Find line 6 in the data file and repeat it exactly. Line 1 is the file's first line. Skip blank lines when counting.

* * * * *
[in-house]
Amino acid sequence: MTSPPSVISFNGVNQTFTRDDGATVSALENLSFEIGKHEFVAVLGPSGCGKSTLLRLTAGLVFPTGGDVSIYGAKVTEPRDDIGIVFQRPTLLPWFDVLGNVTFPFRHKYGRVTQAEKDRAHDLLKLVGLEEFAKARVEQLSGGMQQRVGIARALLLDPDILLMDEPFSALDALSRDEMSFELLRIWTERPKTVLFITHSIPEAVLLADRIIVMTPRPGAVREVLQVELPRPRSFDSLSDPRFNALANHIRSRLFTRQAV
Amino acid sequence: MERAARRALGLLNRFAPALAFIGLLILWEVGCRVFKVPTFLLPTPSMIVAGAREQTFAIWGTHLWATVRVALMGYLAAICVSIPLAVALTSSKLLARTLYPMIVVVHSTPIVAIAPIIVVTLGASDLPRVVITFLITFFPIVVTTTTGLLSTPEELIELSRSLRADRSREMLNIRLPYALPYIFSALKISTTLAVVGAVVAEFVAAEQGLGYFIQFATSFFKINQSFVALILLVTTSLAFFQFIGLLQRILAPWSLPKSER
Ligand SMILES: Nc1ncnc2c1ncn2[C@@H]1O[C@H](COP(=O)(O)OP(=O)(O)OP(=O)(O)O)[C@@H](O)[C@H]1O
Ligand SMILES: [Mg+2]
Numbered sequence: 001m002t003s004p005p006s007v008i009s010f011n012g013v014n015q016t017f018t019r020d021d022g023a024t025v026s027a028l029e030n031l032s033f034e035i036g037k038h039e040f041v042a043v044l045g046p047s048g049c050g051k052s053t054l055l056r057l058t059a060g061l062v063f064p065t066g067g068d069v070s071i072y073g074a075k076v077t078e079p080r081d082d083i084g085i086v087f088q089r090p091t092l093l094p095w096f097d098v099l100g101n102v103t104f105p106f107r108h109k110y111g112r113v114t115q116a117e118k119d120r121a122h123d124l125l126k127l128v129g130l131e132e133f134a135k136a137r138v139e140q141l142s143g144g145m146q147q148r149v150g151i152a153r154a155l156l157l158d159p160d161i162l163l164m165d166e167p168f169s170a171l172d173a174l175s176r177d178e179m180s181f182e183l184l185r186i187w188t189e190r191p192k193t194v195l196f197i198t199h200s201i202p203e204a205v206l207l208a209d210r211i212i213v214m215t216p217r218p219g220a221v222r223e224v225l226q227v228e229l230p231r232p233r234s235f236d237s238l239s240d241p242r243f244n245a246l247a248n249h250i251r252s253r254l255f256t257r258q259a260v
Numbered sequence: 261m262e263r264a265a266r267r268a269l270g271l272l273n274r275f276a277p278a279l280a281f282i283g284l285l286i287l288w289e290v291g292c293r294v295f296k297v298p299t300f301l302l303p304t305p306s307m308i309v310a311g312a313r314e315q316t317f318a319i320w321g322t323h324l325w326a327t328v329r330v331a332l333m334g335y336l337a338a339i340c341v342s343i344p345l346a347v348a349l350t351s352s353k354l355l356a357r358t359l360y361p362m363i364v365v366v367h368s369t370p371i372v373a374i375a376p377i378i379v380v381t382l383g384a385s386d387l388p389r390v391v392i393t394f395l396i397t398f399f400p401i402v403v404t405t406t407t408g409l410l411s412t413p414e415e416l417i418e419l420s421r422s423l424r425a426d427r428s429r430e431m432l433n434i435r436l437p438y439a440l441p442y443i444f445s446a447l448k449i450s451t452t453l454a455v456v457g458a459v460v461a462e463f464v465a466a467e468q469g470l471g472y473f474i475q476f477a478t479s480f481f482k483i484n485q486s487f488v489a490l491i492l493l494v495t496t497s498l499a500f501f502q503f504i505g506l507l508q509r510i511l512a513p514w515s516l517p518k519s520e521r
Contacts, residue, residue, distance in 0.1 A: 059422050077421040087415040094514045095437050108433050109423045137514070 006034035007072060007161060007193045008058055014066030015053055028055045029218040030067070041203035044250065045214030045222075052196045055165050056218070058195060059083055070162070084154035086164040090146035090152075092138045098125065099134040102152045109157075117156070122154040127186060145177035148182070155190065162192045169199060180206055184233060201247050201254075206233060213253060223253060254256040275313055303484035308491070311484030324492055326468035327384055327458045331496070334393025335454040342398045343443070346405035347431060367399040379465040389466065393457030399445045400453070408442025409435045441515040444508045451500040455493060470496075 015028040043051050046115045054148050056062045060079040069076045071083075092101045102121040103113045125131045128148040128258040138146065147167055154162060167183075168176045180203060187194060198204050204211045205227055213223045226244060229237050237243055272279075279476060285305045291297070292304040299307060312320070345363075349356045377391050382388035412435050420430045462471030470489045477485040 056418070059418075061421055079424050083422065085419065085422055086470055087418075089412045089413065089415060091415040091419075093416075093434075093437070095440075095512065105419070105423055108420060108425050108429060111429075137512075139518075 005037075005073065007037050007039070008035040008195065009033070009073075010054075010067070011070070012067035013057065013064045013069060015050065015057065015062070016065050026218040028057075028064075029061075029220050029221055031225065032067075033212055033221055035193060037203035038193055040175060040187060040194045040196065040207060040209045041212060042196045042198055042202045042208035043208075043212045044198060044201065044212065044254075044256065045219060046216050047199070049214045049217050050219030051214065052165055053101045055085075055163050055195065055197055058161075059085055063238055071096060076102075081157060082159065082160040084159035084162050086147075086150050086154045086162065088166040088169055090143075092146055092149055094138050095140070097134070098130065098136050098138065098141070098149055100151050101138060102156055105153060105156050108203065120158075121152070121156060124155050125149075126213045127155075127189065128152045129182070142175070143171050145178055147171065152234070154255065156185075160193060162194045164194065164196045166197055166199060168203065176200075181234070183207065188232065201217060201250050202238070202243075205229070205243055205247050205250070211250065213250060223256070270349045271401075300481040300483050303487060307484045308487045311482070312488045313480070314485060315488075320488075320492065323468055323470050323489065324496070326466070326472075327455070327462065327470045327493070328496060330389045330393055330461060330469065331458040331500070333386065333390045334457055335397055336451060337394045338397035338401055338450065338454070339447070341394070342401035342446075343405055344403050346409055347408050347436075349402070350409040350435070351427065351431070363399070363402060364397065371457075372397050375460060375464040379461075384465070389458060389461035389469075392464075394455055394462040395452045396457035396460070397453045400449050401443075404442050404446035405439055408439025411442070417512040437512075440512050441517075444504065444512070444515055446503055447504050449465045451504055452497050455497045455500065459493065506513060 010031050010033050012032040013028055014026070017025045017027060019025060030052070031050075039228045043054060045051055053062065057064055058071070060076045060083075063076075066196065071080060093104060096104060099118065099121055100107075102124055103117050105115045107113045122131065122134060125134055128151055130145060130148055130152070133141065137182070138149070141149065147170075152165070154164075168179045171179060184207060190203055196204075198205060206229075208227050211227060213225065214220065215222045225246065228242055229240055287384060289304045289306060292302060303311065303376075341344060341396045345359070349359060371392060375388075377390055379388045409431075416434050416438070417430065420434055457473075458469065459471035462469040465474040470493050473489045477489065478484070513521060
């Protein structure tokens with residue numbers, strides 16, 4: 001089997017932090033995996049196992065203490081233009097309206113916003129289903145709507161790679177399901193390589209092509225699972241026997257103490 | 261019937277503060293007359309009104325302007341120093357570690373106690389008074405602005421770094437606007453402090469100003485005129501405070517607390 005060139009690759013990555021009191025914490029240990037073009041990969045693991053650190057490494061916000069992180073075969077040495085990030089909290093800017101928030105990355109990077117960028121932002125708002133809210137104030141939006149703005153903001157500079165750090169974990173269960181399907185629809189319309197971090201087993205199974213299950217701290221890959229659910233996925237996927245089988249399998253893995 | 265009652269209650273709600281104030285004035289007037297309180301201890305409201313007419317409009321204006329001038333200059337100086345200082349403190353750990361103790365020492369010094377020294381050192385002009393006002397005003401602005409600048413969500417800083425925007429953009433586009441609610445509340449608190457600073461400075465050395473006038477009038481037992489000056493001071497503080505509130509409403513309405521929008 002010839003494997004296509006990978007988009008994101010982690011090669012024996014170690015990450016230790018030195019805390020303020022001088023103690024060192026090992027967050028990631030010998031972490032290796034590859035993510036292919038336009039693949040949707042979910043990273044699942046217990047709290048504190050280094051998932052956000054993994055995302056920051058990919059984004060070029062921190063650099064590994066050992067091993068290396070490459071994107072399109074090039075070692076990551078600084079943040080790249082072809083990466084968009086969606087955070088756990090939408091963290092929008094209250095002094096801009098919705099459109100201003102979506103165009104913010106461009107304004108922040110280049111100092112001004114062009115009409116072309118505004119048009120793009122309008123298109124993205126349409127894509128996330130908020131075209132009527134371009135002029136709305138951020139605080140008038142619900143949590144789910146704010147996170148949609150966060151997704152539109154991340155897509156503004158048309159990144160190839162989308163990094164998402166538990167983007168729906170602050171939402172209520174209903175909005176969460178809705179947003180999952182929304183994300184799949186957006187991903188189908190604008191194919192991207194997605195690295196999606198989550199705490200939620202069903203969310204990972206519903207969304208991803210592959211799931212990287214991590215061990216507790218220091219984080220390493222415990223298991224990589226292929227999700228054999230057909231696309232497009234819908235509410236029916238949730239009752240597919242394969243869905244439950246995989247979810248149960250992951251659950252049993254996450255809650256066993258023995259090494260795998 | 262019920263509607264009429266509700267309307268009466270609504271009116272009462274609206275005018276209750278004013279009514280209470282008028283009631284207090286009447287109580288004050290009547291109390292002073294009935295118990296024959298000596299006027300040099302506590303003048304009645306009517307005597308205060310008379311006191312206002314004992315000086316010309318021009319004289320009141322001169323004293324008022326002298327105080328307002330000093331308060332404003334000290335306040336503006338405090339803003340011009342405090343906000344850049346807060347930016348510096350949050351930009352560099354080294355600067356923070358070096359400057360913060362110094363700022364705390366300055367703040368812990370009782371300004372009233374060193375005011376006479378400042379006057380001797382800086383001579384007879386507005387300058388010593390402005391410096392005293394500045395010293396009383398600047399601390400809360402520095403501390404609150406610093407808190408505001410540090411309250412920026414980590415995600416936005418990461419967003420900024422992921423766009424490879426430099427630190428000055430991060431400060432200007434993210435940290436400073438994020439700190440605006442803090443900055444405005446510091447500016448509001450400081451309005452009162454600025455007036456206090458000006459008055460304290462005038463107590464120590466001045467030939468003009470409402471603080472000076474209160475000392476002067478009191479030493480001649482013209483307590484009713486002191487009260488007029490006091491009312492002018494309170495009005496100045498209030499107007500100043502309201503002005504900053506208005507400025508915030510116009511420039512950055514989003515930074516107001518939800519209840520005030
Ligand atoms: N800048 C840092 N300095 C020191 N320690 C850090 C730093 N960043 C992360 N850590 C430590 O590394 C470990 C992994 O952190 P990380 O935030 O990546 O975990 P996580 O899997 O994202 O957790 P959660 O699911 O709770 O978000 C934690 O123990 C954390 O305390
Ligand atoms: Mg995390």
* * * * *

Numbered sequence: 001m002t003s004p005p006s007v008i009s010f011n012g013v014n015q016t017f018t019r020d021d022g023a024t025v026s027a028l029e030n031l032s033f034e035i036g037k038h039e040f041v042a043v044l045g046p047s048g049c050g051k052s053t054l055l056r057l058t059a060g061l062v063f064p065t066g067g068d069v070s071i072y073g074a075k076v077t078e079p080r081d082d083i084g085i086v087f088q089r090p091t092l093l094p095w096f097d098v099l100g101n102v103t104f105p106f107r108h109k110y111g112r113v114t115q116a117e118k119d120r121a122h123d124l125l126k127l128v129g130l131e132e133f134a135k136a137r138v139e140q141l142s143g144g145m146q147q148r149v150g151i152a153r154a155l156l157l158d159p160d161i162l163l164m165d166e167p168f169s170a171l172d173a174l175s176r177d178e179m180s181f182e183l184l185r186i187w188t189e190r191p192k193t194v195l196f197i198t199h200s201i202p203e204a205v206l207l208a209d210r211i212i213v214m215t216p217r218p219g220a221v222r223e224v225l226q227v228e229l230p231r232p233r234s235f236d237s238l239s240d241p242r243f244n245a246l247a248n249h250i251r252s253r254l255f256t257r258q259a260v